Smoky Mountain Trail: Ramsey Cascades

Smoky mountain rocky waterfall river flowing in autumn fall leaves nature

Ramsey Cascades – 4.0 miles, beginning at Ramsay Cascades parking area, and ending at Ramsey Cascade, 8 miles round trip

Highlights: Cascades, virgin forest

Cautions: Rocky trail in segments, slippery rocks, {DO NOT CLIMB}

Trailhead: Drive 5.9 miles from Gatlinburg on US 321 and enter the park on the Greenbrier Road to the right. The paved road ends and narrows just past the ranger station. At 3.2 miles turn left at a sign for Ramsay Cascade on to a bridge that crosses the Middle Prong. Drive 1.5 miles to the parking area at the end of the road.

Ramsey Cascades is the most beautiful falls of water in the park. It is also the highest at 105 feet in height. Ramsey Cascades Trail provides two kinds of hiking, easy road hiking along the Middle Prong of the Little Pigeon River and then a much harder hike, narrow trail hiking along Ramsey Prong. Not long after the trailhead, the first stream crossing is on a long bouncy footbridge where Middle Prong plunges over a huge boulder into green swimming pools. From there you will climb gradually along the old road through cove hardwood forest. The presence of black locust trees just across the footbridge and many small, straight tulip trees throughout the woods indicates that this area was cut over and probably farmed.

At mile 1.5 you come to the old traffic circle and get the first view of Ramsey prong as it meets Middle Prong. The old Greenbrier Pinnacle trail used to start here, but since the park no longer maintains it, it may be difficult to follow. To the right of the Ramsey Cascades trail sign is a three-trunked witch hazel tree at the stream edge, behind it a black cherry leans precariously out over the water. To the left of the sign a tunnel of rhododendron and mountain laurel signal where you start the serious climb to Ramsey Cascades. The Ramsey Cascades Trail narrows and steep in some places but in excellent condition.

About a mile up the trail, you walk between two huge, straight tulip trees, as majestic as Roman columns. Even the selective loggers didn’t come up this far. Just around the bend on the left side of the trail is the real giant, another tulip trees with roots like elephant toes. Ahead on the right are several large silverbell trees. They are small compared to the tulip trees, but they are near record size for their species. Another large tree along the trail is the basswood, or linden, which can be identified by clusters of shoots growing up around the base of the tree.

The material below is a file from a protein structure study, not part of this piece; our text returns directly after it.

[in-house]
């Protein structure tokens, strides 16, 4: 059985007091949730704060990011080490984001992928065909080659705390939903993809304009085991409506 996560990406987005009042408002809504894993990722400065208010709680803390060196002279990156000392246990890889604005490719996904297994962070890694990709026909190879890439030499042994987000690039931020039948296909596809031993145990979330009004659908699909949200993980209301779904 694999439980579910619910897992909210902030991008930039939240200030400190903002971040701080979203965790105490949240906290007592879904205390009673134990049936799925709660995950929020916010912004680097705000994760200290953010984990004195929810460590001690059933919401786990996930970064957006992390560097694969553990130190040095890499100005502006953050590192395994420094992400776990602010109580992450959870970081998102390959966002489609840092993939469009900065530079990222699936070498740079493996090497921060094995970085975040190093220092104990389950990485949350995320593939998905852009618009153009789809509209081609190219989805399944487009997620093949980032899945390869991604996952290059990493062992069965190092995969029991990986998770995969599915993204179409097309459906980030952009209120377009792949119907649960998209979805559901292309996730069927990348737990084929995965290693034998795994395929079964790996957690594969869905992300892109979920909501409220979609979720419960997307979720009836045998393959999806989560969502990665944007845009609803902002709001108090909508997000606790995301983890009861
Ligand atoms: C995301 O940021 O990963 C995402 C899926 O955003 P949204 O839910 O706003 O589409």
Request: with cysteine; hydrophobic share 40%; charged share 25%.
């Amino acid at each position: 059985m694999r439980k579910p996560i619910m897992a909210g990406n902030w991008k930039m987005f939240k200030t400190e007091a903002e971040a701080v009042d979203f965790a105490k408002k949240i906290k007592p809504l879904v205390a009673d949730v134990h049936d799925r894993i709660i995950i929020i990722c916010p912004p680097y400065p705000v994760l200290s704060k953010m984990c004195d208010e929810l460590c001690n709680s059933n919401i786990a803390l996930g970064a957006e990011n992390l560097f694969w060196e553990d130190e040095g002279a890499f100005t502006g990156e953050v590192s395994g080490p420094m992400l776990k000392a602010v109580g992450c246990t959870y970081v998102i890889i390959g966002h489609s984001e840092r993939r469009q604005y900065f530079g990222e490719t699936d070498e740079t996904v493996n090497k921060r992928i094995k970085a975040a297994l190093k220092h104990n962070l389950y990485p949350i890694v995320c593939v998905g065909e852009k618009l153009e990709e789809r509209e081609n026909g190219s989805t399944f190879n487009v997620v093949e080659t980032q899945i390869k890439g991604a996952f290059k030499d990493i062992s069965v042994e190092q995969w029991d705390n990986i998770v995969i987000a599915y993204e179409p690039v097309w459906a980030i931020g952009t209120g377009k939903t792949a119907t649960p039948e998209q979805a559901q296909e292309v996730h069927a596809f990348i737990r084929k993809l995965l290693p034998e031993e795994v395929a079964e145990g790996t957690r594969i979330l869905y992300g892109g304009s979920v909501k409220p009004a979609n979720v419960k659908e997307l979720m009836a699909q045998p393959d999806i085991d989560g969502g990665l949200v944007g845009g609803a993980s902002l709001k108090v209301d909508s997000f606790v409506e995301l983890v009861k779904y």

The trail crosses Ramsey Prong and loops away from it for a while. Suddenly when you’re beginning to wonder just how long 2.5 miles can be and you don’t think you can go another step, you’ll come out on the right of Ramsey Cascades and forget how hard the hike to the top was. When water splashes more than 90′ from ledge to ledge, and the cool spray feels wonderful on a summer day. You might have to take your shoes off to wade across to the flat rock at the base, but heed the warning signs and do not climb on the falls. The temptation to climb the rocks and boulders at the base and sides of the cascades is strong. This is VERY DANGEROUS! Ramsey Cascades is the highest waterfall accessible by trail in the park. Most of the water comes from Mt. Guyot, two thousand feet higher. Hiking time is 2-4 hours going up and 1 1/2- 2 1/2 hours coming down. During the spring Ramsay Cascades is beautiful to photograph when the rhododendron is in full bloom. Be sure to take your camera on this one.